SEASIDE TOWNS OF ITALY
With around 7,600 kilometres of coastline, Italy has an enviable collection of seaside towns spread across its twenty regions.
In putting together the Italy Review website, along with the sites for each of the regions, I've visited every one of the hundreds of resorts that pepper those coastal areas and come up with a list of the 10 best seaside towns of Italy.
Any list like this is simply a matter of opinion; there's no definitive way to quantify which place is better than another and I'm sure it would be impossible to find a single person that agrees with every one of my selections and the order in which I've placed them.
There were many towns that I agonised over leaving out and it's possible that after subsequent visits, this list will evolve with the order changing and new towns making an appearance. The purpose of this article though is to show that beyond the most famous resorts, there are some beautiful alternatives that visitors to Italy might not have previously known about or considered.
Campania's Amalfi Coast is one of the most dramatic landscapes in Italy and its signature town is Positano. Hundreds of pastel-coloured buildings cling for dear life on the cliffs that overlook the town's beaches, creating a mesmerising effect.
Diminutive Positano sits in one of the most dramatic settings on the Amalfi Coast. Wedged in between steep cliffs, the town's colourful houses peer out on to its beaches like an amphitheatre's audience.
The town of Sorrento in Campania has a legion of devoted fans that once they've had the taste, keep coming back for more. This is a town that really knows how to look after tourists and they keep flocking back to enjoy the beach clubs and incredible views across the Bay of Naples or to be perfectly-positioned to visit Pompeii, the Amalfi Coast or the islands of Capri and Ischia.
A huge favourite with British and American visitors in particular, the southern town of Sorrento gazes out on to the Gulf of Naples in the region of Campania and offers a multitude of options for excursions.
Amalfi is the second entrant from the Amalfi Coast which bears its name. A once might maritime republic, the town has dwindled in size over the years but what remains is a beautiful port area in front of a town centre boasting one of Italy's most beautiful cathedrals.
The once powerful maritime republic, Amalfi is the central town of the famous coastline named after it. The dramatic cliffside drive to reach the town is matched only by its stunning Cathedral and port area.
Puglia's second entry on the list comes from Polignano A Mare; from the Ponte di Polignano bridge that crosses into the town you can gaze down on to its iconic bay with crystal clear water; edged by dramatic cliffs. Combined with the white-washed buildings of its centro storico it's an obligatory stop on any serious itinerary of Puglia.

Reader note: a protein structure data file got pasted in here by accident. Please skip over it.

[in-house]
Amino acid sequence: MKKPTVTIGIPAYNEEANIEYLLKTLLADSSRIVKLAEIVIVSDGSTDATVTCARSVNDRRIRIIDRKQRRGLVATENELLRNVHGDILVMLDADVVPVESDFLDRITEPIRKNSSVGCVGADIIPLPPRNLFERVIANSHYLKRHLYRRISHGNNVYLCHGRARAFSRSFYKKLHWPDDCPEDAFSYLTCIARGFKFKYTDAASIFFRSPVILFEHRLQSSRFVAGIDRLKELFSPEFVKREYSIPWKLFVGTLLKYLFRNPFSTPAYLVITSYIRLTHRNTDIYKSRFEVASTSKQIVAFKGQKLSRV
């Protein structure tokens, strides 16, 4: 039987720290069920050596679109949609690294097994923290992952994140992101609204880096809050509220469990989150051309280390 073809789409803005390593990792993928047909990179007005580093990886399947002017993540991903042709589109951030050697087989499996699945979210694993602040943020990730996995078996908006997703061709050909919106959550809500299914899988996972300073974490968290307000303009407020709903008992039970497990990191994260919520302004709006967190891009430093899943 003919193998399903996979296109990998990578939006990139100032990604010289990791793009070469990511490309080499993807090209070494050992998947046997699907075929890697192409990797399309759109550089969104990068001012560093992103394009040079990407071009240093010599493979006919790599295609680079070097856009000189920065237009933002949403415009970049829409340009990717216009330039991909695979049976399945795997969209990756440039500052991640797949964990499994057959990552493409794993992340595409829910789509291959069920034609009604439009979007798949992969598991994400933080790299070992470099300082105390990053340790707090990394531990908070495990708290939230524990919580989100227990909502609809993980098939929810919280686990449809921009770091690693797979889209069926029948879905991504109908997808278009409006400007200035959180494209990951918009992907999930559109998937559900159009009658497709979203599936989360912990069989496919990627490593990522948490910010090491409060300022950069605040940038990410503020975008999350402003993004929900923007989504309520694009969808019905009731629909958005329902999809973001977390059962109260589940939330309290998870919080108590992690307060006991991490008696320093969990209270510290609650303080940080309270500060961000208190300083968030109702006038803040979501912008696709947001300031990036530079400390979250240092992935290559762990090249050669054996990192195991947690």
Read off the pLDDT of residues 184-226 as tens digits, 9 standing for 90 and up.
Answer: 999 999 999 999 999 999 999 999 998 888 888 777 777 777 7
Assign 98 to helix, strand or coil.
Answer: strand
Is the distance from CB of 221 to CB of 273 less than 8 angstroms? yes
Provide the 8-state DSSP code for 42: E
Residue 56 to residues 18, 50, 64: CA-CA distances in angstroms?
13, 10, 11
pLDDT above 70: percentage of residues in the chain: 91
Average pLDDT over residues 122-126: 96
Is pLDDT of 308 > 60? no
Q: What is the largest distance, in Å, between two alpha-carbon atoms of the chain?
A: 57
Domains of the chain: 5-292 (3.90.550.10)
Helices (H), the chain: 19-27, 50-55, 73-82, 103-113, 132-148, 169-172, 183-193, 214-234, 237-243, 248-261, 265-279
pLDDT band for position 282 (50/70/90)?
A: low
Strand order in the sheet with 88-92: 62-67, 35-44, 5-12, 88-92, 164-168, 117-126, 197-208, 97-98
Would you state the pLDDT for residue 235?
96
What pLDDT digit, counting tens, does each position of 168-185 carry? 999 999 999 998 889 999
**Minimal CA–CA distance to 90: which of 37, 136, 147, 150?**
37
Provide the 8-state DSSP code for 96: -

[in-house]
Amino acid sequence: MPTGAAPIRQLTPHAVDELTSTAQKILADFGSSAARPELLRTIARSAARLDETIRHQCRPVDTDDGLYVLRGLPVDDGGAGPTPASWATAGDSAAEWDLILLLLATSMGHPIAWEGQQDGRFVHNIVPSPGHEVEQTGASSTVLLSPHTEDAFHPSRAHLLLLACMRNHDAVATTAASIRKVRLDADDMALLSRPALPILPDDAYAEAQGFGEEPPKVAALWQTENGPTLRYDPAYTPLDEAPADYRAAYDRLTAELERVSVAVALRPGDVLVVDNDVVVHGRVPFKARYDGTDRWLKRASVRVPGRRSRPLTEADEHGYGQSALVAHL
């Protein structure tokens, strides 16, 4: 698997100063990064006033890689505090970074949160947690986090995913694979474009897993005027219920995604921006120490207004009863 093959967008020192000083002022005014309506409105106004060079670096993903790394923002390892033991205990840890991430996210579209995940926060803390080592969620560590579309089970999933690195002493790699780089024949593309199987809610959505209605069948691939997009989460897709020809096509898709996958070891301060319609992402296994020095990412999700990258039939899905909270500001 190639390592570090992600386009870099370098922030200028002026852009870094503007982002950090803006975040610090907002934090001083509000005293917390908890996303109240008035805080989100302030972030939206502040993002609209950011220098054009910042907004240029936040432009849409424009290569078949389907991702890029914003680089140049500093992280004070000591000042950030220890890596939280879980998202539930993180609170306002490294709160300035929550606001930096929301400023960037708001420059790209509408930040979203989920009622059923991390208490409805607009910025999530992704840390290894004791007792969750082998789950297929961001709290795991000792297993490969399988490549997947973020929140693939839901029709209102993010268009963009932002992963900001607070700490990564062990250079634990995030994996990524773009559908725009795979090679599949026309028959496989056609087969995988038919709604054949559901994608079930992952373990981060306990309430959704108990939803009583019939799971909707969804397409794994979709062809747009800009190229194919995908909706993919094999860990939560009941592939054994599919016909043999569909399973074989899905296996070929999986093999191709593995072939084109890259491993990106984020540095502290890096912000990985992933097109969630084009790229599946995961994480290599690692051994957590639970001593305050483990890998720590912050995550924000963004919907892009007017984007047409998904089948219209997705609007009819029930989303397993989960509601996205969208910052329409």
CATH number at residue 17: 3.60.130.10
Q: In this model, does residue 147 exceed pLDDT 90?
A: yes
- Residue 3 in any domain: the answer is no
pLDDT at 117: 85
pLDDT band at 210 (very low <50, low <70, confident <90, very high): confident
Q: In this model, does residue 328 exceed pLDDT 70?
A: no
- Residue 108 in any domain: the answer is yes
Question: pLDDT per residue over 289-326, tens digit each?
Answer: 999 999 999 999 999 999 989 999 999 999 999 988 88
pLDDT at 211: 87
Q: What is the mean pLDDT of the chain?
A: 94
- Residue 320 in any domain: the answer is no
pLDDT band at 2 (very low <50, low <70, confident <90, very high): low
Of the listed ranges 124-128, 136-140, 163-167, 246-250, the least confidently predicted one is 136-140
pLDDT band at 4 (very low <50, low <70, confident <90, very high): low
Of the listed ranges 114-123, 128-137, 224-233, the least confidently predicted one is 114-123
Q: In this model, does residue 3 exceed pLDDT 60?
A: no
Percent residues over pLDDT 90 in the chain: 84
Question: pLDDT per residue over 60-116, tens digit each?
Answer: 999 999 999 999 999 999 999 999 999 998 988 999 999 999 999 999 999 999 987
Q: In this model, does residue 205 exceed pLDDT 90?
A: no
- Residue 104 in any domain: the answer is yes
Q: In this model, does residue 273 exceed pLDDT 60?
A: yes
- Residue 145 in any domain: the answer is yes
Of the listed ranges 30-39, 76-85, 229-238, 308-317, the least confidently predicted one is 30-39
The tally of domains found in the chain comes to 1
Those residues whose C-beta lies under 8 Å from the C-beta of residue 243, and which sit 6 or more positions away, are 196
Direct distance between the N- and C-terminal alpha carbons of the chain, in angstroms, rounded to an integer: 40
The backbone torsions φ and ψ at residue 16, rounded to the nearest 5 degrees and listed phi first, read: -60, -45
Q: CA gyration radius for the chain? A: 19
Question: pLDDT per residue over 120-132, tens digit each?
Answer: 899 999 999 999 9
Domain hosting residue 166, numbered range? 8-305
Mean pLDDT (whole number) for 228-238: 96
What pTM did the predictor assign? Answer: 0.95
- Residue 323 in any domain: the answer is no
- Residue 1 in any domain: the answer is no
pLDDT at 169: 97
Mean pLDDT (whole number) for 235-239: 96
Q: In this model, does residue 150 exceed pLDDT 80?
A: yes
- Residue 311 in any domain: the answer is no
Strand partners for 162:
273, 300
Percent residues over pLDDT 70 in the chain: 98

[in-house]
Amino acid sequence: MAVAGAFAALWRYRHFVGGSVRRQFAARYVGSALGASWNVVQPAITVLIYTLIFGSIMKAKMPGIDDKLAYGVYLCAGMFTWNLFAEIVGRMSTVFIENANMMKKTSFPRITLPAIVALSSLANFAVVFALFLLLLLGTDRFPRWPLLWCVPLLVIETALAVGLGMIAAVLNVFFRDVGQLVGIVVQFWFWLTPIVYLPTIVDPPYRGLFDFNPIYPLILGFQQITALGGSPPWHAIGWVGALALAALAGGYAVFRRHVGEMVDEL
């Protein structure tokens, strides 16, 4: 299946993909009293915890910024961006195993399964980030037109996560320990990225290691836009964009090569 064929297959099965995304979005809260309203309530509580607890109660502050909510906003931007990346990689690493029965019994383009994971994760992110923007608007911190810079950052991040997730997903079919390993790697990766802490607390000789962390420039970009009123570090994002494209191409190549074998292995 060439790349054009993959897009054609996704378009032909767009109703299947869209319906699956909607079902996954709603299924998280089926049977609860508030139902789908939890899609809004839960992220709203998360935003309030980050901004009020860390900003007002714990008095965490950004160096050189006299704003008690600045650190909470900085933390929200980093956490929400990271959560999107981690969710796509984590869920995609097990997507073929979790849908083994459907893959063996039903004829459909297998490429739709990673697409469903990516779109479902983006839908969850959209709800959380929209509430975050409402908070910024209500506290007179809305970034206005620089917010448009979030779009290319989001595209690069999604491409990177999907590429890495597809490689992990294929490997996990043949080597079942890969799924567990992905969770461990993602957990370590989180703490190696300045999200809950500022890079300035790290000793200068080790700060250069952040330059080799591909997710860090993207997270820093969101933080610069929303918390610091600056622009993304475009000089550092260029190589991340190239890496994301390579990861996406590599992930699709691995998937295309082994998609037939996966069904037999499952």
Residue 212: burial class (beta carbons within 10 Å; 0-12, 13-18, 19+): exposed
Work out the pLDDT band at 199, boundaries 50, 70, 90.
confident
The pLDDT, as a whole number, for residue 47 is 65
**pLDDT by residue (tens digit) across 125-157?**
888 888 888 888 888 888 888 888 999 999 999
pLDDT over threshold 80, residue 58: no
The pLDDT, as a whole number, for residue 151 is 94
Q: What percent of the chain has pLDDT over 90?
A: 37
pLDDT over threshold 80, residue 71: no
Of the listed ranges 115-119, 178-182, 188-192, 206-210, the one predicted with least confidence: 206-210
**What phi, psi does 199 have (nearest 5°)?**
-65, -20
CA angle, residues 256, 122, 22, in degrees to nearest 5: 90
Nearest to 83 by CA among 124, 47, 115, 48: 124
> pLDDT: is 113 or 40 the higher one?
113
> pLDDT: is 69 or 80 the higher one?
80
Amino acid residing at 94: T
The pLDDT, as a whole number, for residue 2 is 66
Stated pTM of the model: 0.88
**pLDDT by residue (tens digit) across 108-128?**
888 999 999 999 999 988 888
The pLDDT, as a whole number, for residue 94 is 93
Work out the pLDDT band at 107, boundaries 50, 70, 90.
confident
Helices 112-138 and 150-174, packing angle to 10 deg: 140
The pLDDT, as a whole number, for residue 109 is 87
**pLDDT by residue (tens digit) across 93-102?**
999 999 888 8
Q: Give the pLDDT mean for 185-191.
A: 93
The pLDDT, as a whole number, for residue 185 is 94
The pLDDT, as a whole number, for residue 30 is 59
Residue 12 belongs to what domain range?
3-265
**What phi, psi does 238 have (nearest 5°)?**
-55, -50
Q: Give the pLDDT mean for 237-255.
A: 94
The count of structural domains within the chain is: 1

In what can only be described as one of southern Italy's prettiest locations, the town of Polignano a Mare is one of the gems of the Puglia region with its historic centre looking down on to gorgeous beaches.
The island of Sardinia is the second biggest in Italy, behind only Sicily. It's renowned for its stunning beaches and its first entry on this list comes from the north-western city of Alghero. Heavily-influenced by Catalan culture, Alghero offers a fascinating old town along with a marina and great beaches.
Situated along the north-western coast of Sardinia, the city of Alghero has a distinctly Catalan flavour to it. Its combination of fishing port, fascinating historic centre and beaches make it a big hit with visitors.
No Italian region accounts for more entries on this list than Liguria and the second entry will be familiar to many. Portofino has been welcoming VIPs and literary icons for a long time, all attracted to this tiny fishing village with its dramatic scenery and glamorous accommodation options.
A seaside town to inspire song and poetry, Portofino in Liguria is simply one of the most glamorous locations in Italy. The main town of the Portofino Peninsula is dripping with charm and elegance.
The next entrant from Liguria on this list is the UNESCO World Heritage-listed town of Portovenere. It sits in a corner of the aptly-named Golfo dei Poeti (Gulf of Poets) and was once a favourite haunt of Lord Byron.
Sitting at the south-western tip of the Golfo dei Poeti, Portovenere is a UNESCO World Heritage Site, a favourite of Lord Byron, with its colourful houses looking out on to a sparkling sea.
The southern region of Calabria is separated from Sicily by the Strait of Messina, the narrow body of water that can be seen from the seaside town of Scilla. A long stretch of beach ends in a cluster of brightly-painted houses while across the other side of the bay lies the charming fishing borgo of Chianalea.
Calabria's Scilla offers a compelling cocktail of sandy/shingle beach with clear blue seas. From its historic centre you can gaze across he Messina Strait to Sicily or explore its fascinating fishing village of Chianalea.
Another Ligurian town comes next, a city in fact. Sanremo is the quintessential Italian Riviera seaside resort made famous by its casino but also an important centre for the flower industry and home of the annual Sanremo Festival, a hugely-popular nationwide TV spectacle.
Sanremo is the archetypal Italian Riviera seaside resort. It's situated in the north-western region of Liguria and is famous not only for its Casino but also its flowers and prestigious music festival.
Rimini would probably win the award for largest seaside resort in Italy and there are many aspects to this provincial capital in Emilia Romagna. Its historic centre is replete with Roman monuments but its best-known for its beaches and raucous nightlife.
Dating back to Roman times, the huge seaside resort of Rimini is home to some fascinating monuments from antiquity such as a Roman arch and stone bridge, but its expansive beaches are the big drawcard.